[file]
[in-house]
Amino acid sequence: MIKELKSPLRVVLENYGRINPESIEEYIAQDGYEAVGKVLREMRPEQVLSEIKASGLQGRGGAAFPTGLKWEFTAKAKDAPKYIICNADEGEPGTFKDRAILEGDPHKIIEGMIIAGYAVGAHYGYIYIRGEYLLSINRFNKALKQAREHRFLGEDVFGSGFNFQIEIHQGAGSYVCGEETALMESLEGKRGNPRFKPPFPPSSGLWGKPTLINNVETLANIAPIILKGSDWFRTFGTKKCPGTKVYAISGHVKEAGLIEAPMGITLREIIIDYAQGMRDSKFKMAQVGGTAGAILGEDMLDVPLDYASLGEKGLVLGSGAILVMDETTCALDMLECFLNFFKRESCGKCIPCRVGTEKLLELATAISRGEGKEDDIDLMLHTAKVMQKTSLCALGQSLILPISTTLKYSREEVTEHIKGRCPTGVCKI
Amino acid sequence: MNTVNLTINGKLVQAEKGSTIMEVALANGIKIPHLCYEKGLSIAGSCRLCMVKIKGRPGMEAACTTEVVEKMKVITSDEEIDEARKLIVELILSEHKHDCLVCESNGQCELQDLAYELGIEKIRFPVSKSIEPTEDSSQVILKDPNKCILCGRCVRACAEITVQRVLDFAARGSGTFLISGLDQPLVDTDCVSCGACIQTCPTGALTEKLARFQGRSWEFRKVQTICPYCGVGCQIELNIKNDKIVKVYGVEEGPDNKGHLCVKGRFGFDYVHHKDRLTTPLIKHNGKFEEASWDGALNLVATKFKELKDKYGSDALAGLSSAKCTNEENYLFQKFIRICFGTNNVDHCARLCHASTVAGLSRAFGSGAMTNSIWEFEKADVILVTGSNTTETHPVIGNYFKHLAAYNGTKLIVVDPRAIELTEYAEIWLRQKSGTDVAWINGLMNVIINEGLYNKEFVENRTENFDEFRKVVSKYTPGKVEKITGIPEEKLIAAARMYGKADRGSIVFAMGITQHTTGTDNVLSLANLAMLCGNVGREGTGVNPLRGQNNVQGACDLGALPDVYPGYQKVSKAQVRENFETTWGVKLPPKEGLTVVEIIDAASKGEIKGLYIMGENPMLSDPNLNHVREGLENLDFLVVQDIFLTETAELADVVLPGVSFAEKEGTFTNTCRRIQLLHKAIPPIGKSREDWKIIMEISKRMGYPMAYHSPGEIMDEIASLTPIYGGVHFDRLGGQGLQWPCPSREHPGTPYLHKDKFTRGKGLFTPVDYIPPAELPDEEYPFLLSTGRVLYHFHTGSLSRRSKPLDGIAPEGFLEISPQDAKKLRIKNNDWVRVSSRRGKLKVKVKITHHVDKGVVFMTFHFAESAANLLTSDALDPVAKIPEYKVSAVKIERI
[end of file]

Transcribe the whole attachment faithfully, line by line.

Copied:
[in-house]
Amino acid sequence: MIKELKSPLRVVLENYGRINPESIEEYIAQDGYEAVGKVLREMRPEQVLSEIKASGLQGRGGAAFPTGLKWEFTAKAKDAPKYIICNADEGEPGTFKDRAILEGDPHKIIEGMIIAGYAVGAHYGYIYIRGEYLLSINRFNKALKQAREHRFLGEDVFGSGFNFQIEIHQGAGSYVCGEETALMESLEGKRGNPRFKPPFPPSSGLWGKPTLINNVETLANIAPIILKGSDWFRTFGTKKCPGTKVYAISGHVKEAGLIEAPMGITLREIIIDYAQGMRDSKFKMAQVGGTAGAILGEDMLDVPLDYASLGEKGLVLGSGAILVMDETTCALDMLECFLNFFKRESCGKCIPCRVGTEKLLELATAISRGEGKEDDIDLMLHTAKVMQKTSLCALGQSLILPISTTLKYSREEVTEHIKGRCPTGVCKI
Amino acid sequence: MNTVNLTINGKLVQAEKGSTIMEVALANGIKIPHLCYEKGLSIAGSCRLCMVKIKGRPGMEAACTTEVVEKMKVITSDEEIDEARKLIVELILSEHKHDCLVCESNGQCELQDLAYELGIEKIRFPVSKSIEPTEDSSQVILKDPNKCILCGRCVRACAEITVQRVLDFAARGSGTFLISGLDQPLVDTDCVSCGACIQTCPTGALTEKLARFQGRSWEFRKVQTICPYCGVGCQIELNIKNDKIVKVYGVEEGPDNKGHLCVKGRFGFDYVHHKDRLTTPLIKHNGKFEEASWDGALNLVATKFKELKDKYGSDALAGLSSAKCTNEENYLFQKFIRICFGTNNVDHCARLCHASTVAGLSRAFGSGAMTNSIWEFEKADVILVTGSNTTETHPVIGNYFKHLAAYNGTKLIVVDPRAIELTEYAEIWLRQKSGTDVAWINGLMNVIINEGLYNKEFVENRTENFDEFRKVVSKYTPGKVEKITGIPEEKLIAAARMYGKADRGSIVFAMGITQHTTGTDNVLSLANLAMLCGNVGREGTGVNPLRGQNNVQGACDLGALPDVYPGYQKVSKAQVRENFETTWGVKLPPKEGLTVVEIIDAASKGEIKGLYIMGENPMLSDPNLNHVREGLENLDFLVVQDIFLTETAELADVVLPGVSFAEKEGTFTNTCRRIQLLHKAIPPIGKSREDWKIIMEISKRMGYPMAYHSPGEIMDEIASLTPIYGGVHFDRLGGQGLQWPCPSREHPGTPYLHKDKFTRGKGLFTPVDYIPPAELPDEEYPFLLSTGRVLYHFHTGSLSRRSKPLDGIAPEGFLEISPQDAKKLRIKNNDWVRVSSRRGKLKVKVKITHHVDKGVVFMTFHFAESAANLLTSDALDPVAKIPEYKVSAVKIERI